Writer, actor, and downtown drag icon Charles Busch pays homage to pre-Code melodramas about women done wrong in The Confession of Lily Dare, a sinfully seductive treat that continues at the Cherry Lane through March 5. Honoring such films as San Francisco, The Sin of Madelon Claudet, Frisco Jenny, and Madame X with a healthy dose of Barbara Stanwyck, Bette Davis, Marlene Dietrich, Gloria Swanson, and even Hayley Mills, the play is told in flashback, beginning in 1950 when former prostitute and oft-married Emmy Lou (Nancy Anderson) and piano player Mickey (Kendal Sparks) are at the grave of their old friend Lily Dare. “Nobody can say this boneyard isn’t deluxe,” Emmy Lou says. “Lil, how in blazes did a Sawdust Gal get to lie down with the upper crust? And howja finagle the grand tombstone? You should see the stone carving. It’s gorgeous . . . just like you.” The action then shifts back to 1906 and the story begins, revealing just how Lily managed to be buried in the ritzy section of the cemetery. The journey recalls such classic flashback noirs as Citizen Kane, DOA, The Killers, and Double Indemnity, just a whole lot funnier.
Following the death of her mother, darling little Lily (Busch) arrives at the doorstep of her aunt Rosalie Mackintosh (a riotous Jennifer Van Dyck), who runs a successful Barbary Coast brothel. Lily had been in a fine convent school in Switzerland, where she learned four languages, but now, at sixteen, she’s broke with nowhere else to go. The tough-talking Rosalie is not exactly thrilled that Lily is there, but she decides to take her in nevertheless, at least temporarily. Everybody who meets Lily is instantly captive to her charm, from penniless bookkeeper Louis Markham (Christopher Borg) to dapper whorehouse regular Blackie Lambert (Howard McGillin), who tells Lily, “I’m what is known as a shady character from a once prominent family who adds a veneer of class to whatever room he’s in.” Lily wants to be a singer, but her dreams are curtailed by the San Francisco earthquake, a pregnancy, and a stint in the hoosegow, after which she follows in her aunt’s footsteps, all the while keeping track from afar of the daughter she had to give up.
Busch is at his diva best as Lily, all dolled up in outrageously funny costumes by Jessica Jahn and wigs by Katherine Carr. (Rachel Townsend designed the duds for the rest of the cast.) Busch has never met a double (or single) entendre he didn’t like, and Confession is full of them, along with lots of zany, tongue-in-cheek knowing glances. It’s more than mere parody, instead infused with a passion and an adulation that permeate every scene, immersing the audience in its several atmospheric genres. Anderson is utterly charming as the squeaky-voiced hooker with a heart of gold, Sparks is sweet as the innocent Mickey (who wants to write “The Bordello Symphony in four movements: the Madame, the Stoolie, the Flatfoot, the Stooge”), and McGillin is appropriately smarmy as the devilish Blackie, but Borg and Van Dyck (in her ninth Busch collaboration) nearly steal the show as a series of fab characters, from a baron and baroness to a doctor and his wife to an opera impresario and his soprano protégée. Van Dyck is so sensational that the audience is all atwitter each time she merely enters as a new character, our expectations soaring and wholly satisfied.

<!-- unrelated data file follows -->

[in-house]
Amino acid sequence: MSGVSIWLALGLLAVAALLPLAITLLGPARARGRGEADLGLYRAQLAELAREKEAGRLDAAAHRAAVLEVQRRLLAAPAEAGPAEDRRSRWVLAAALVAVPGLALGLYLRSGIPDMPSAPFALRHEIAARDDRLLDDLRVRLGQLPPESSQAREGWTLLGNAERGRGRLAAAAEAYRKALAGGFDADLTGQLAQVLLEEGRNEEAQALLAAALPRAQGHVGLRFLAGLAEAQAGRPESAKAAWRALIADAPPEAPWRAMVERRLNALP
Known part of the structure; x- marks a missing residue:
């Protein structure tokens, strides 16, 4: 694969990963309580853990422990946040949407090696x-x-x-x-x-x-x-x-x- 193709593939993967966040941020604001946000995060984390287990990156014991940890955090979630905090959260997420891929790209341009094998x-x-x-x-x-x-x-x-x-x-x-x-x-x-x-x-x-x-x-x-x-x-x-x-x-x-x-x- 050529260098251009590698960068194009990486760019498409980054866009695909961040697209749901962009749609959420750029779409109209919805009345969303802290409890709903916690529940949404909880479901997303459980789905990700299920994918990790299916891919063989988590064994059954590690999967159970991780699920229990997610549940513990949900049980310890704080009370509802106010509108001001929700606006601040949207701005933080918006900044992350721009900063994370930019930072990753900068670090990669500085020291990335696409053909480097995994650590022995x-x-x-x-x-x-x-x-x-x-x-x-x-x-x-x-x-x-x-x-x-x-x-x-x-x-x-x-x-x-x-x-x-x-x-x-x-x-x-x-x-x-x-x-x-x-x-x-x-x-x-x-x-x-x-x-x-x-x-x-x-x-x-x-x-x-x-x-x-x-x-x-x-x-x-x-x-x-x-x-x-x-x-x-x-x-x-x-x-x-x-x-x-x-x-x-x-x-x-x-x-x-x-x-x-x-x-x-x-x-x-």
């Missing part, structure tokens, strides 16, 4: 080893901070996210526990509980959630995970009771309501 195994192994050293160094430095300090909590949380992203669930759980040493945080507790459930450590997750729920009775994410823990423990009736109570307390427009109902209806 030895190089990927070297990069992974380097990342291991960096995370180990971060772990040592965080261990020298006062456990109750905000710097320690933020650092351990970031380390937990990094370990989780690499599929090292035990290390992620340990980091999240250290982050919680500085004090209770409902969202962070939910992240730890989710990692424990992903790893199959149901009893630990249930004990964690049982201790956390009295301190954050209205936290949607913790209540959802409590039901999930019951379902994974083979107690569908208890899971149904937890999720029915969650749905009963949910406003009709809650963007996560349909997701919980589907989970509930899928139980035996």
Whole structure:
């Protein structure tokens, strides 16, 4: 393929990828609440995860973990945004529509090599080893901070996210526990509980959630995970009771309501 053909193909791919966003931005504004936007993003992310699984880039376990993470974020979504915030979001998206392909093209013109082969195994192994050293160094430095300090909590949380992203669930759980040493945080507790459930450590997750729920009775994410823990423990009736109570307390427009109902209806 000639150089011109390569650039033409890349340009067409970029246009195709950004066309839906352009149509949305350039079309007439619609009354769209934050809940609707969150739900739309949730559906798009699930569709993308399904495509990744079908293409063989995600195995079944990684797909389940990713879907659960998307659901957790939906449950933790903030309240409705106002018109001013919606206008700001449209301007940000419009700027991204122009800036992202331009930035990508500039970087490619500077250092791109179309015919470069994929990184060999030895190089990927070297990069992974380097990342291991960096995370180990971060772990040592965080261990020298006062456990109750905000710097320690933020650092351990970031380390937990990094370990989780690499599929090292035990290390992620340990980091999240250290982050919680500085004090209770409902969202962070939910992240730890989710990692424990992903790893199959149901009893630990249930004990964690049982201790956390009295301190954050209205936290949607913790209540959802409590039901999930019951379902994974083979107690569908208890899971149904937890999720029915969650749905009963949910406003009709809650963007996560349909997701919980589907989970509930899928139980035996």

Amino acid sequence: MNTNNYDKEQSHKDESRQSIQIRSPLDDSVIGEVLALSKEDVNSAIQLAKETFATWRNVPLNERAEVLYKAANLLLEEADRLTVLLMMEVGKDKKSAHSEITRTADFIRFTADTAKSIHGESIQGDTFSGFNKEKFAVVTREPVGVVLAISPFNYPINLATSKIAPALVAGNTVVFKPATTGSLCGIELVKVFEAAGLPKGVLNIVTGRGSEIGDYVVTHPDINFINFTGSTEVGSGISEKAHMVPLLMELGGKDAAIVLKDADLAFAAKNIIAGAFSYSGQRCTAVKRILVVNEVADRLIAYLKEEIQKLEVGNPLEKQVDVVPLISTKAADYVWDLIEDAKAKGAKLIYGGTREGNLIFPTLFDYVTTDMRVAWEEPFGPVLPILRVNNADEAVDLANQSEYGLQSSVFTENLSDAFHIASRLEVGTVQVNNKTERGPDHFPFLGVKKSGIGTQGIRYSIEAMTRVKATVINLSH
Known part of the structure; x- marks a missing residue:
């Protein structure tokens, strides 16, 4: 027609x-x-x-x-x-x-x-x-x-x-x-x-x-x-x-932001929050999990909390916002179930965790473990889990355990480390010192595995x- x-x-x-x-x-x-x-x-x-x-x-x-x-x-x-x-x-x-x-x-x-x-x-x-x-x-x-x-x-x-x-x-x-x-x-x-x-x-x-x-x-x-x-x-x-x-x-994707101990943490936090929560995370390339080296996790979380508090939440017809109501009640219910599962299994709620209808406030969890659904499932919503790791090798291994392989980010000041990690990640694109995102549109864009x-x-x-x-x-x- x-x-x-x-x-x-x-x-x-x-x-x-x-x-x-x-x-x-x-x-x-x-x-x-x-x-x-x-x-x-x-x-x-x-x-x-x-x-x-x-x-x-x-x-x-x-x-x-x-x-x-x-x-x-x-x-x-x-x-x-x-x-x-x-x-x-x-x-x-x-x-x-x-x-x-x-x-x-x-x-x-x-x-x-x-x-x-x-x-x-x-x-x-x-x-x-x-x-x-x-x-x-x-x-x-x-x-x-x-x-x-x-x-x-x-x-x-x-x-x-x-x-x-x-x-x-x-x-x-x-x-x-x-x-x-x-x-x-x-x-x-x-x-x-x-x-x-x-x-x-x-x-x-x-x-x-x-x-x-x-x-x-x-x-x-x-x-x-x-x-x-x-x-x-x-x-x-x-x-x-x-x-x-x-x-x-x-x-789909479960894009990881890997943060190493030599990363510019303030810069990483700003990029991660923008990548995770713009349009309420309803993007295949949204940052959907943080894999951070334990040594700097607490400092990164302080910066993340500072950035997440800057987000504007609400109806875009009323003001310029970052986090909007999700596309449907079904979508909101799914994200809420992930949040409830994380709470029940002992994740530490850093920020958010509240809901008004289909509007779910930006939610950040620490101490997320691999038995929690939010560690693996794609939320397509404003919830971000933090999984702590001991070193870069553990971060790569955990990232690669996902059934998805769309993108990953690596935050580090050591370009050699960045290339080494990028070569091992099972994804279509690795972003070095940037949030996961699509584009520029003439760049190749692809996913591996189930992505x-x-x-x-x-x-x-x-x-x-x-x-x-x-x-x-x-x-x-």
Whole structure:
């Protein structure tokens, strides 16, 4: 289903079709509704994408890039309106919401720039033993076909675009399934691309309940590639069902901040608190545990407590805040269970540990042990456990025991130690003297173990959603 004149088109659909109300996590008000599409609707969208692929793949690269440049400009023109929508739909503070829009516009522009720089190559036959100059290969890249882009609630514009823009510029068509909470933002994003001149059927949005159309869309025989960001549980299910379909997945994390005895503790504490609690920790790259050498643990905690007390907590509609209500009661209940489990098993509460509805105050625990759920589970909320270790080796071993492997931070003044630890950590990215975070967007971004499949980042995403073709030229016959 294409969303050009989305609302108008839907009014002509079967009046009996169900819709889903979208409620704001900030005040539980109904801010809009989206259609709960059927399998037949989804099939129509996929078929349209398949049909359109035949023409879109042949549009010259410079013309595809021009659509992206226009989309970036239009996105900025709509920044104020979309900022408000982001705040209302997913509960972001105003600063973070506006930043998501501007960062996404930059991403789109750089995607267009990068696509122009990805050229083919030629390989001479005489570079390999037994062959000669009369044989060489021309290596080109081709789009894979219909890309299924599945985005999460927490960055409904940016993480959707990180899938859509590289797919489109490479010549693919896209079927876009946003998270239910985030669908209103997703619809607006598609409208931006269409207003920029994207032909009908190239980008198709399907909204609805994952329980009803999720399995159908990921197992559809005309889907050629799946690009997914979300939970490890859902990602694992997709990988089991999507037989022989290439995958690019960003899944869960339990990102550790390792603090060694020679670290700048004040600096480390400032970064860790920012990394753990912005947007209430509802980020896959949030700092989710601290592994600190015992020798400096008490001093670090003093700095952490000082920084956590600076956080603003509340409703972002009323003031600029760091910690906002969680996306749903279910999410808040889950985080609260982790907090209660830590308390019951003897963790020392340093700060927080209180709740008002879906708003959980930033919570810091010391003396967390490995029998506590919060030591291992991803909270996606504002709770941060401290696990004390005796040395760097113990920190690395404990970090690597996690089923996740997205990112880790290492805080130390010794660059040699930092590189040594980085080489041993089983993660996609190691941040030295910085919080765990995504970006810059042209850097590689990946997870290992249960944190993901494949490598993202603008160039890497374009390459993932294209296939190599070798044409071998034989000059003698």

Director Carl Andress (The Tribute Artist, The Divine Sister), who has been working with Busch since 1997, keeps the slapstick coming, along with some genuinely touching moments; as beautifully bawdy as the dialogue is (“Somehow or other, we got by. There’s always work to be found for a piano player who knows ragtime and a hooker who does anal,” Mickey says. “These new-fangled tarts have one customer and then put a ‘Closed for Renovation’ sign on their privates,” Rosalie complains.), the actors’ delivery rockets it into another stratosphere, each character having a distinctly hilarious method of speaking. The way lines are said is often as important as the words themselves, which is central to both high and low camp. Longtime Busch set designer B. T. Whitehill adds lovely romantic flourishes to the stage, incorporating the Golden Gate Bridge and numerous cute no-budget details.
Busch (The Tale of the Allergist’s Wife, Vampire Lesbians of Sodom) has spent much of the last ten years staging short-run plays at Theater for a New City, quickie productions with no press and featuring his friends; when Primary Stages asked him to participate in the company’s thirty-fifth anniversary season, he decided to bring back Confession, which played at TNC in 2018. It’s a terrific choice, as he gets to vamp it up all he can in a work that has semiautobiographical elements, perhaps giving him an extra shot of fervency; Busch’s mother passed away when he was seven and he was sent to live with his aunt, but not in a brothel. Though it’s not quite The Confession of Charles Busch, you don’t have to get the many cinematic references to love Busch and Confession, a fab show with plenty of kitschy melodrama to spare.